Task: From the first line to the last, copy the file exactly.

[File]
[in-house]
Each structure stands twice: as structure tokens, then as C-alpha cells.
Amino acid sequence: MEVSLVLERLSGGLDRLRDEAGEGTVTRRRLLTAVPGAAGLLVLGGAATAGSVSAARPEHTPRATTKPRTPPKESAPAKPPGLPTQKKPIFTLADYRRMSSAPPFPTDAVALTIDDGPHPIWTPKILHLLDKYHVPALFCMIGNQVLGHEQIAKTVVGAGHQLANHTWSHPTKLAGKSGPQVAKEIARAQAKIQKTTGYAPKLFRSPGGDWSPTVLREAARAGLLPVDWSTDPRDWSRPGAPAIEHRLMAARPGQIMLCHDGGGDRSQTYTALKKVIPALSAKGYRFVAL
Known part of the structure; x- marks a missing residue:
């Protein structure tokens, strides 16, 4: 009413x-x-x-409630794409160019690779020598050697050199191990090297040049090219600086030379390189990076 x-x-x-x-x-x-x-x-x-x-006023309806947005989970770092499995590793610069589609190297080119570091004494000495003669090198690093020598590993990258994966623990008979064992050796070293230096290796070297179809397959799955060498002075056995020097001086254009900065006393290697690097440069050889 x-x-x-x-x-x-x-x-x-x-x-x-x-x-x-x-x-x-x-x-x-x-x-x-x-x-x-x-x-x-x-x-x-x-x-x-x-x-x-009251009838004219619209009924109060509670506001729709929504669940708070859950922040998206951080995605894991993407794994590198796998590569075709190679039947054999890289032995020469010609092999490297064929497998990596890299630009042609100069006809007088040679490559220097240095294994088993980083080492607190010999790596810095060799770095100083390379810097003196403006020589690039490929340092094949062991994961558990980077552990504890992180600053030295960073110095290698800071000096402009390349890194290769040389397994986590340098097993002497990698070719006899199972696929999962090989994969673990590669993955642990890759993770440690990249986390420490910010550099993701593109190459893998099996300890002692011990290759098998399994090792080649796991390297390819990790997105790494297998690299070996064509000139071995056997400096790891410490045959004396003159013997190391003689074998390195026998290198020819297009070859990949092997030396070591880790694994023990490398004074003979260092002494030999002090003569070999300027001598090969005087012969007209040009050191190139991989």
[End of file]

[in-house]
Each structure stands twice: as structure tokens, then as C-alpha cells.
Amino acid sequence: MEVSLVLERLSGGLDRLRDEAGEGTVTRRRLLTAVPGAAGLLVLGGAATAGSVSAARPEHTPRATTKPRTPPKESAPAKPPGLPTQKKPIFTLADYRRMSSAPPFPTDAVALTIDDGPHPIWTPKILHLLDKYHVPALFCMIGNQVLGHEQIAKTVVGAGHQLANHTWSHPTKLAGKSGPQVAKEIARAQAKIQKTTGYAPKLFRSPGGDWSPTVLREAARAGLLPVDWSTDPRDWSRPGAPAIEHRLMAARPGQIMLCHDGGGDRSQTYTALKKVIPALSAKGYRFVAL
Known part of the structure; x- marks a missing residue:
């Protein structure tokens, strides 16, 4: 009413x-x-x-409630794409160019690779020598050697050199191990090297040049090219600086030379390189990076 x-x-x-x-x-x-x-x-x-x-006023309806947005989970770092499995590793610069589609190297080119570091004494000495003669090198690093020598590993990258994966623990008979064992050796070293230096290796070297179809397959799955060498002075056995020097001086254009900065006393290697690097440069050889 x-x-x-x-x-x-x-x-x-x-x-x-x-x-x-x-x-x-x-x-x-x-x-x-x-x-x-x-x-x-x-x-x-x-x-x-x-x-x-009251009838004219619209009924109060509670506001729709929504669940708070859950922040998206951080995605894991993407794994590198796998590569075709190679039947054999890289032995020469010609092999490297064929497998990596890299630009042609100069006809007088040679490559220097240095294994088993980083080492607190010999790596810095060799770095100083390379810097003196403006020589690039490929340092094949062991994961558990980077552990504890992180600053030295960073110095290698800071000096402009390349890194290769040389397994986590340098097993002497990698070719006899199972696929999962090989994969673990590669993955642990890759993770440690990249986390420490910010550099993701593109190459893998099996300890002692011990290759098998399994090792080649796991390297390819990790997105790494297998690299070996064509000139071995056997400096790891410490045959004396003159013997190391003689074998390195026998290198020819297009070859990949092997030396070591880790694994023990490398004074003979260092002494030999002090003569070999300027001598090969005087012969007209040009050191190139991989």